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Photoshop CS3 Sharpening Images

Calculating very large-format settings


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Photoshop CS3 Sharpening Images

with Deke McClelland

Video: Calculating very large-format settings

In the previous exercise we were talking about the ideal sharpening settings for commercial reproduction, and I was suggesting different Radius values to apply using the High Pass filter based on the print resolution,. And the idea is we want those halos to be as small as they possibly can while remaining visible. If they get any bigger they become obvious halos and that ruins the effect. If they become any smaller, they are not visible at all anymore and you're not going to see the results of your sharpening. These values have been put through the paces, they should work out beautifully for you, but they assume that you're seeing the artwork up-close and personal, so no farther way then about a foot.
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  1. 50m 30s
    1. Why every image needs sharpening
      2m 38s
    2. Understanding the effects of sharpening
      5m 26s
    3. Understanding the mechanics of sharpening
      4m 19s
    4. Understanding sharpening and gradual transitions
      3m 21s
    5. Understanding sharpening and noise reduction
      4m 0s
    6. Understanding amount and radius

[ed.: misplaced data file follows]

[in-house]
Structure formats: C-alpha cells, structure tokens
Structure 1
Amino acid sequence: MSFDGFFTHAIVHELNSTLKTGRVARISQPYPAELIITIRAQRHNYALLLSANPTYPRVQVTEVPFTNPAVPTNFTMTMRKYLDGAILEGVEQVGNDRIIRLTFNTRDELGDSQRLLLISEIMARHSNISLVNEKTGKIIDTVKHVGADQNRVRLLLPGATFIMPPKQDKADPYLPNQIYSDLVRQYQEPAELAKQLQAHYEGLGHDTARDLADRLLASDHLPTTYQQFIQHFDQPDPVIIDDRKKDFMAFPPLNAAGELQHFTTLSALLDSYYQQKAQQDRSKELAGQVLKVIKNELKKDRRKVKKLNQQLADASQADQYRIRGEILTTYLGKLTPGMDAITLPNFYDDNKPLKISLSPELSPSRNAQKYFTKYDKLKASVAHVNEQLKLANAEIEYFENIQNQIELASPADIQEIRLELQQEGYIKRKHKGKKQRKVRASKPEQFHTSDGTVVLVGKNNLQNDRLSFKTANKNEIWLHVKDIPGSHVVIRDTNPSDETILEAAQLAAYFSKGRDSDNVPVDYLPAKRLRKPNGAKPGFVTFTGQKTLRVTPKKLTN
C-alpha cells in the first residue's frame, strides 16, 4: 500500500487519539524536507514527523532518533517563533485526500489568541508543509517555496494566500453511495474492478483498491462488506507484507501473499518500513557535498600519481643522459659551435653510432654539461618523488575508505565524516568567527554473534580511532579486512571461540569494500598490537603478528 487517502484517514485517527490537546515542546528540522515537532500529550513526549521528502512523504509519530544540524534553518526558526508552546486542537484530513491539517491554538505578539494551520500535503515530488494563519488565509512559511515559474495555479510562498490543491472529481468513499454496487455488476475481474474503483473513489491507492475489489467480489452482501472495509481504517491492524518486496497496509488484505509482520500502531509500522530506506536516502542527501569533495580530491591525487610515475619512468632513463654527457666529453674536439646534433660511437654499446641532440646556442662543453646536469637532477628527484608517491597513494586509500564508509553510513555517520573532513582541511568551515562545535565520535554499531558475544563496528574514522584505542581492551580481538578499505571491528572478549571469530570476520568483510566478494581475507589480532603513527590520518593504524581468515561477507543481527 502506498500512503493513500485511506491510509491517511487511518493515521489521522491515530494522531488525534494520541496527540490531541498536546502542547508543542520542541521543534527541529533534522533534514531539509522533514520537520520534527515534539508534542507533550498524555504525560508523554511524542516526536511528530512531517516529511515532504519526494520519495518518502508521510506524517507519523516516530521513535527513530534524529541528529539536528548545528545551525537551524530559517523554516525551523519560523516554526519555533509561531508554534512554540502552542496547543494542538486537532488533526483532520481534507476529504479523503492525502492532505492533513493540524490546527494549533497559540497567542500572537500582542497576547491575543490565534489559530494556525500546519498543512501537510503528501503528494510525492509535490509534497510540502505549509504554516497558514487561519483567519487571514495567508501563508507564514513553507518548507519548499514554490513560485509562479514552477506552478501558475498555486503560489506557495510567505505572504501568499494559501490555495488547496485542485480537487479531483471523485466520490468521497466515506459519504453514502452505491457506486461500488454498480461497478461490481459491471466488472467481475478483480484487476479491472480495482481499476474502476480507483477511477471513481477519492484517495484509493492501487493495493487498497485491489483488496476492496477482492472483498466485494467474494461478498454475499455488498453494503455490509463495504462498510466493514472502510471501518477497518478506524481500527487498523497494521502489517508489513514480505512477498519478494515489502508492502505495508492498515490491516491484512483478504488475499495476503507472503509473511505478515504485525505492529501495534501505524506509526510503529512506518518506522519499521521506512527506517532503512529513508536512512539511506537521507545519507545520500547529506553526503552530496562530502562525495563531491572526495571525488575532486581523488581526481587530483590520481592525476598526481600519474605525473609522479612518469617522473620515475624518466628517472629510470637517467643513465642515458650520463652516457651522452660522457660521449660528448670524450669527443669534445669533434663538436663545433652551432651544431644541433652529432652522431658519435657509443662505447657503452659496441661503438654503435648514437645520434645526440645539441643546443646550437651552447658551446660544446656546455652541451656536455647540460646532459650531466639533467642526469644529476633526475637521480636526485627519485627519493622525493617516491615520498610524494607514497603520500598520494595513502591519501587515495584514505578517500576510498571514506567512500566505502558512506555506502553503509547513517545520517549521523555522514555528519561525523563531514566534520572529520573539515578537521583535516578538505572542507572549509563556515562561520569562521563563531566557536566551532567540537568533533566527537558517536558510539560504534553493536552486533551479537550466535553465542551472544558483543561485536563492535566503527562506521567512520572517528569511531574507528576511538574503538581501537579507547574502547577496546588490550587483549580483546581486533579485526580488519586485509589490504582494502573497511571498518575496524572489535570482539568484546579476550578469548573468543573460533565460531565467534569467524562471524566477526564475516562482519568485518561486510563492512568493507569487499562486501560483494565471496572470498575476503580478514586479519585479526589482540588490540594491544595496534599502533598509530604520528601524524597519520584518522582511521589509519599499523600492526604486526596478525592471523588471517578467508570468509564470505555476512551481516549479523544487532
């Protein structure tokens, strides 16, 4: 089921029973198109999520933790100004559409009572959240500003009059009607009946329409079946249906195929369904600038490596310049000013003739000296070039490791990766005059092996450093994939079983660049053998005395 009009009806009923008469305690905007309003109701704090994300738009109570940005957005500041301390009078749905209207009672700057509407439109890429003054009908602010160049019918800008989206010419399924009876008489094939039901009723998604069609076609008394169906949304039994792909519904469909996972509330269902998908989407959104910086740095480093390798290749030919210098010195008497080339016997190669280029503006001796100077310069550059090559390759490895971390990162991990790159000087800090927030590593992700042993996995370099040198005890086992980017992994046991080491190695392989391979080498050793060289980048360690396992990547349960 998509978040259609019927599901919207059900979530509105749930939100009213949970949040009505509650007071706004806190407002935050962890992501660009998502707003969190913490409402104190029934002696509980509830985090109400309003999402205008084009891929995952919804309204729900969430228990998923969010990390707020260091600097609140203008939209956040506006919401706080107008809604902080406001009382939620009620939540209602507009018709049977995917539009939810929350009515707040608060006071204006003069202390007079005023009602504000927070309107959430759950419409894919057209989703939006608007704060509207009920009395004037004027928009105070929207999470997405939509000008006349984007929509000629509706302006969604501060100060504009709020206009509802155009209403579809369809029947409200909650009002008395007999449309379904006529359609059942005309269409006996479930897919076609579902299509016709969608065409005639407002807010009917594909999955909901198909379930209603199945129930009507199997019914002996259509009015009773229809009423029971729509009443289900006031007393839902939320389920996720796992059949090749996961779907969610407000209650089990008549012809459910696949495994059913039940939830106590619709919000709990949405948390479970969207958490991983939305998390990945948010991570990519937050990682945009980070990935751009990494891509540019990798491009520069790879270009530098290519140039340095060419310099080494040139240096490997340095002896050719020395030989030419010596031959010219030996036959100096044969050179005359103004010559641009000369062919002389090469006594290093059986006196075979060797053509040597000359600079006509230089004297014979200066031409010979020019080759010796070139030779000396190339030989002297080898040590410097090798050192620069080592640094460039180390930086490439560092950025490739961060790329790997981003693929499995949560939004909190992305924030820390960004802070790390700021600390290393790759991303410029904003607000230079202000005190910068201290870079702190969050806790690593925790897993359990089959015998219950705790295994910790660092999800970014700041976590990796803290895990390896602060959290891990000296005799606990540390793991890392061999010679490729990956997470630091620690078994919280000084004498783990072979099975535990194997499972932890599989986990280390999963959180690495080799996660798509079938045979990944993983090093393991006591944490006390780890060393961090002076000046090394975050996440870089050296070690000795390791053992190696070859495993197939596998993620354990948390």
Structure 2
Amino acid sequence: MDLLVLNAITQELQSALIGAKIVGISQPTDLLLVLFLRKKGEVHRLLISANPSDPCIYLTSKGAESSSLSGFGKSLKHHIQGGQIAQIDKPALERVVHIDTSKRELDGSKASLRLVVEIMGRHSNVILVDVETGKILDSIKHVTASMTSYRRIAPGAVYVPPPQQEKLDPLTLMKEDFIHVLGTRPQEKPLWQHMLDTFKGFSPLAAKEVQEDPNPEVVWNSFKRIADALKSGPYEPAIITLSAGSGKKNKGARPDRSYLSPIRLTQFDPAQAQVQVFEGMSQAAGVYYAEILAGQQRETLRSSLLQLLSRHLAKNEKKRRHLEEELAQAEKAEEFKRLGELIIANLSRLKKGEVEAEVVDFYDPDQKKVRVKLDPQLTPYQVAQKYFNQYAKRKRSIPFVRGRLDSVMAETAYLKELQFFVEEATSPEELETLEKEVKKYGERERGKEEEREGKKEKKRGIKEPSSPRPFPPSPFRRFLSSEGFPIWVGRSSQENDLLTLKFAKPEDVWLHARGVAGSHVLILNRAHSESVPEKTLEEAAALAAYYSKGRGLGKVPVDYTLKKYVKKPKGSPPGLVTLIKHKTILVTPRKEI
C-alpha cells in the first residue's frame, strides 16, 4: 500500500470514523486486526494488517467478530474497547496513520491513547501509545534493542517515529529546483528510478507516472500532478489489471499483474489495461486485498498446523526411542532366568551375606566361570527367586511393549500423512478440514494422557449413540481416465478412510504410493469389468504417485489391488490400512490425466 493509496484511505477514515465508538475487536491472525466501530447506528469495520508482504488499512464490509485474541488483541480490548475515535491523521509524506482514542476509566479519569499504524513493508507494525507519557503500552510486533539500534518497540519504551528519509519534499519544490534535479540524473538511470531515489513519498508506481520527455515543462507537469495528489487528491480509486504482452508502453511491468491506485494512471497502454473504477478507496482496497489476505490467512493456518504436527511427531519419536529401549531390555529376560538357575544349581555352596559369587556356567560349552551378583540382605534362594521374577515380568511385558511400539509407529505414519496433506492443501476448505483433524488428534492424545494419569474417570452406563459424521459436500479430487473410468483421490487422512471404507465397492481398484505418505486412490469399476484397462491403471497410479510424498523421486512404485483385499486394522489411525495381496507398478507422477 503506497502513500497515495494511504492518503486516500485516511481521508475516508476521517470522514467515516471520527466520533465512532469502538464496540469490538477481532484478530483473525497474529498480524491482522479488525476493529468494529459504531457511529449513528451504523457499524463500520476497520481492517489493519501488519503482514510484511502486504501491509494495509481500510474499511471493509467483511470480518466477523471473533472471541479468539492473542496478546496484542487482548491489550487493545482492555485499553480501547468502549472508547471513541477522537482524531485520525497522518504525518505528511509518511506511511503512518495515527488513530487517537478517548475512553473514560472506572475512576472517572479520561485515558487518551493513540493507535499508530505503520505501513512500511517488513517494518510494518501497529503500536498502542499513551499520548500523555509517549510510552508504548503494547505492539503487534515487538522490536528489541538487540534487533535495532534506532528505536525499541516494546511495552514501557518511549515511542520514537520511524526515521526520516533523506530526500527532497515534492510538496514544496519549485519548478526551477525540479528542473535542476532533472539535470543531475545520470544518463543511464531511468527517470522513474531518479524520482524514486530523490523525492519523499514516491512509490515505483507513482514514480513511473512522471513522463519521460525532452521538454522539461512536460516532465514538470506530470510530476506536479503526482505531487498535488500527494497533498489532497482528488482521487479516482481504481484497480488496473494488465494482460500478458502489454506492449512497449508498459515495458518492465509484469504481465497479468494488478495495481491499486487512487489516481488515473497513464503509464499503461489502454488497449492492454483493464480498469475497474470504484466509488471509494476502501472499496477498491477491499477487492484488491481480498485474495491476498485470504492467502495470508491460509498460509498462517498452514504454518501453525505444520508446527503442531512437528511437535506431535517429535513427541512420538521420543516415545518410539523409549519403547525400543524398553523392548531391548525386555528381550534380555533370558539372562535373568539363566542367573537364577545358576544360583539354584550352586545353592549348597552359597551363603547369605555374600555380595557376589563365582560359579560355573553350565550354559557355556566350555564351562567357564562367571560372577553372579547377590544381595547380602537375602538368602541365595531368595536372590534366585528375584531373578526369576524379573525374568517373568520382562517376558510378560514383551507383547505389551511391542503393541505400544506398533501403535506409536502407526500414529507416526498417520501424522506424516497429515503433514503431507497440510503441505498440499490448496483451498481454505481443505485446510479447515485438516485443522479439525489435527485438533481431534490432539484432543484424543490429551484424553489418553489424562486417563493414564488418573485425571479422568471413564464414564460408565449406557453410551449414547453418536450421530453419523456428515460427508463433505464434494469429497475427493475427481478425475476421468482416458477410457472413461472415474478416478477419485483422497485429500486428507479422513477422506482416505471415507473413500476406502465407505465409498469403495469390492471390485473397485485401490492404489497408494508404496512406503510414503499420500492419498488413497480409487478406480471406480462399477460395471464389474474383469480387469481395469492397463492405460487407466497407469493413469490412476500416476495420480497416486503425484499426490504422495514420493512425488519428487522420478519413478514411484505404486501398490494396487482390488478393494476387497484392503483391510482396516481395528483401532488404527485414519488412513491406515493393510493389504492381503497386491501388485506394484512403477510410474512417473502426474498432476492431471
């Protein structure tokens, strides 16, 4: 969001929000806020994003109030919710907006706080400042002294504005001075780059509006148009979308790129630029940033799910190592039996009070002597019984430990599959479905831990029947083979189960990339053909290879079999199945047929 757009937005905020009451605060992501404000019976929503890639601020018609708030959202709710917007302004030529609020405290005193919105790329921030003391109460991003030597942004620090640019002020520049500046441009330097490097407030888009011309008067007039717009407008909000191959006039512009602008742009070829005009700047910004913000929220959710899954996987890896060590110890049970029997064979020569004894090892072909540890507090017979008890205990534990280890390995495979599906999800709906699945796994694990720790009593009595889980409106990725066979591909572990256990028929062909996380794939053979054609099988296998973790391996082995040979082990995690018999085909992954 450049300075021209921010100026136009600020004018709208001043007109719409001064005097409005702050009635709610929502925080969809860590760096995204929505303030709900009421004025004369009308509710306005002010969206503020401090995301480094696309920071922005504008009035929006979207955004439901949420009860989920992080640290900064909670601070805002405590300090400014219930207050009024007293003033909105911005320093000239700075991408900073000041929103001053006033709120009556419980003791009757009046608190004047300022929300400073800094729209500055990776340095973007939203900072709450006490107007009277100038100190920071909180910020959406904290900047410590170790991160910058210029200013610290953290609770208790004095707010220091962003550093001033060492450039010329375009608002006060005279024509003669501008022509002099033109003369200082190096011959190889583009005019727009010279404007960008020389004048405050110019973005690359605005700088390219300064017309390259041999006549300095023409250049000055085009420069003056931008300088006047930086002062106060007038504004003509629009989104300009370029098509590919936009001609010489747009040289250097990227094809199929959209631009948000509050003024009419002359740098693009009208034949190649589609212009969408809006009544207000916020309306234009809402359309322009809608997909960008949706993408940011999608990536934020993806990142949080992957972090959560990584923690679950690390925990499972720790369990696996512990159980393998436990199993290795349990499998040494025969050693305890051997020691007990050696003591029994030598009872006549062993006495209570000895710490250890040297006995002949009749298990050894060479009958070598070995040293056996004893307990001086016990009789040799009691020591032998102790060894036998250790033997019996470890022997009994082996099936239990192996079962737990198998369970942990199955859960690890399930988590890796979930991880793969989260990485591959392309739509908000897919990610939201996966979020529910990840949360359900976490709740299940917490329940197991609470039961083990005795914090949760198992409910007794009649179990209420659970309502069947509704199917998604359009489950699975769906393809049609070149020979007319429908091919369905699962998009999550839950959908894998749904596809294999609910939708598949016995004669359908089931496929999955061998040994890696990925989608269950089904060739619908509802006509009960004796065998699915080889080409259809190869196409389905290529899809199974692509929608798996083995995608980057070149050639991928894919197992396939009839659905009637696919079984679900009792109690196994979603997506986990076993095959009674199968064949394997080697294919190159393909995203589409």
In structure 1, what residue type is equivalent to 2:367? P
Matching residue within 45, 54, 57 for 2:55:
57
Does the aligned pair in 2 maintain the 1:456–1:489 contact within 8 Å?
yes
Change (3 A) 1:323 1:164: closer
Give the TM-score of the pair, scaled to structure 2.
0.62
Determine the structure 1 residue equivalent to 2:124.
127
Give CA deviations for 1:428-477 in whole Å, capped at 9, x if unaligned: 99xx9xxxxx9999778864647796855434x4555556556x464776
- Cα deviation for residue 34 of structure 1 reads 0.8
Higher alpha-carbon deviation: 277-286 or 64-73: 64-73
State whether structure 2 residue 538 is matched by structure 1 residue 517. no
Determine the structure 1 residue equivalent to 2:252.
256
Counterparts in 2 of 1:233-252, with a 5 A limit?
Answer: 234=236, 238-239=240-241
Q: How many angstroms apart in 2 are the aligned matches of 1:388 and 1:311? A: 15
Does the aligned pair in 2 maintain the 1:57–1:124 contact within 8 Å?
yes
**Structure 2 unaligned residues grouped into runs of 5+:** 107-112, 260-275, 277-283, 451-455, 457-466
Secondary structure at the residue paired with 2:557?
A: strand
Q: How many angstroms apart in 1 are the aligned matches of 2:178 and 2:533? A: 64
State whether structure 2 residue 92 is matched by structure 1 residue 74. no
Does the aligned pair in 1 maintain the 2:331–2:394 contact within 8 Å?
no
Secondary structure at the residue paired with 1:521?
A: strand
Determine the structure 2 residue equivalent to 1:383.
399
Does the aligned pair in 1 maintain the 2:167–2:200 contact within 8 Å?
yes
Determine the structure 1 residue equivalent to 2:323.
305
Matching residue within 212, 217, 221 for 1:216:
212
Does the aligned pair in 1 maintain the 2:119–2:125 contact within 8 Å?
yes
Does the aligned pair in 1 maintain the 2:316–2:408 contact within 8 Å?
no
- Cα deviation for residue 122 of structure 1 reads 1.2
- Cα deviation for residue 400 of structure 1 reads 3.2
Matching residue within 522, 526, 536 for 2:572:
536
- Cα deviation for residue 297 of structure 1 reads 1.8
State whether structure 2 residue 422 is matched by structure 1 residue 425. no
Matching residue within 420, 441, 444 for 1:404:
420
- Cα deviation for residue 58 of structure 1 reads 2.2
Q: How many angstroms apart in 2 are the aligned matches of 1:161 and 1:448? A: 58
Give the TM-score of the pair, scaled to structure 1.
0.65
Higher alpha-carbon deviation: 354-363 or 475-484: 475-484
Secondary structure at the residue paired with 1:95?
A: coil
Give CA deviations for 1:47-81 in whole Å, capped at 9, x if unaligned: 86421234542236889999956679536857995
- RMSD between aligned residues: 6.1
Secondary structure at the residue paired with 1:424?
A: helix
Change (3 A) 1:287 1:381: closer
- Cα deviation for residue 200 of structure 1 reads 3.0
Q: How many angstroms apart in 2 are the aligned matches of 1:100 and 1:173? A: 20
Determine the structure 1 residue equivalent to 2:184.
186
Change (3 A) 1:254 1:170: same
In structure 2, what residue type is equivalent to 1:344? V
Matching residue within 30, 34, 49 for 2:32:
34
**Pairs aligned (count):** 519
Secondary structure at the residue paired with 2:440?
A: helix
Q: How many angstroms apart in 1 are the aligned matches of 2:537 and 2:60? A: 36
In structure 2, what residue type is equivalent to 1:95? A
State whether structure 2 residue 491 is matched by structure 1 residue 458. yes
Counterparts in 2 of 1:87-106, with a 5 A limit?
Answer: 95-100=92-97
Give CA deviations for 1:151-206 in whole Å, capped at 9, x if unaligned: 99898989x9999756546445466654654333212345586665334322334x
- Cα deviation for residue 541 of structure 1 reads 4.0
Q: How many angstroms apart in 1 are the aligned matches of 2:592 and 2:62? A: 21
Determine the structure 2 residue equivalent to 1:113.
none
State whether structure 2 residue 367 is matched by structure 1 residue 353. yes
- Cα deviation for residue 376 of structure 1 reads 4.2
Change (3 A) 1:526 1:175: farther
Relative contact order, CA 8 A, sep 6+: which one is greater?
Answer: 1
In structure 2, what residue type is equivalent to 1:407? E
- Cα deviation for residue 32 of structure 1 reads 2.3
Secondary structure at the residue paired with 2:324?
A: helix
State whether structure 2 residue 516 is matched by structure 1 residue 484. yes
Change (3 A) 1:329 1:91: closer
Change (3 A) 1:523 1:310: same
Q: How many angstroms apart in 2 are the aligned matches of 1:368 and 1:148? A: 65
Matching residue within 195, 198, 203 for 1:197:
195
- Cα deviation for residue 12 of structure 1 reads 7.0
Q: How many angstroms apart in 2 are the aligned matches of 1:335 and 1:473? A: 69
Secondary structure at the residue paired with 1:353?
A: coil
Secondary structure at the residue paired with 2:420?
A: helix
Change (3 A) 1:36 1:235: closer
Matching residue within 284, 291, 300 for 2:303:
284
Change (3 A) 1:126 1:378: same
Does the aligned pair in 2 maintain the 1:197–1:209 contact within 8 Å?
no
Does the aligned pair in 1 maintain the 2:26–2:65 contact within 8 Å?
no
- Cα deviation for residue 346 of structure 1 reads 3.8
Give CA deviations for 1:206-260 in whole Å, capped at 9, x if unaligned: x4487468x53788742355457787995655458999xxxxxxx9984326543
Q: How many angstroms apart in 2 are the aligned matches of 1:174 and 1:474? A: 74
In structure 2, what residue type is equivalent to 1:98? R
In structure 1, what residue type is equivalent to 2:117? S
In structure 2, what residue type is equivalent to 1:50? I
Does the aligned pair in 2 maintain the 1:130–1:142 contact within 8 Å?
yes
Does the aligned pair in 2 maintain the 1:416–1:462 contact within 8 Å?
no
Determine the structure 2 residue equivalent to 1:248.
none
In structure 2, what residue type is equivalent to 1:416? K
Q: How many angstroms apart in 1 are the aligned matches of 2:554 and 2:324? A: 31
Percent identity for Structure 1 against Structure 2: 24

7m 50s
    7. Measuring your screen resolution
      6m 19s
    8. Using reliable zoom ratios
      5m 30s
    9. Calculating the actual print size
      4m 54s
    10. Gauging the ideal sharpening settings
      6m 13s
  2. 59m 31s
    1. Everyone knows you sharpen last (and everyone is wrong)
      1m 8s
    2. Understanding the conventional sharpening workflow
      5m 4s
    3. Flattening and saving to TIFF
      6m 39s
    4. Downsampling (and why you shouldn't upsample)
      6m 8s
    5. Understanding last-step sharpening
      6m 44s
    6. Recognizing problems with the conventional workflow
      9m 38s
    7. Erasing sharpening with the history brush
      4m 30s
    8. Using alternative sharpening workflows
      2m 37s
    9. Sharpening a scanned photograph shot on film
      2m 45s
    10. Sharpening a digital photograph
      3m 6s
    11. Sharpening specific details
      3m 43s
    12. Finding broad workflow conclusions
      2m 49s
    13. Learning that technique trumps timing
      4m 40s
  3. 1h 27m
    1. Comparing and contrasting neighboring pixels
      1m 6s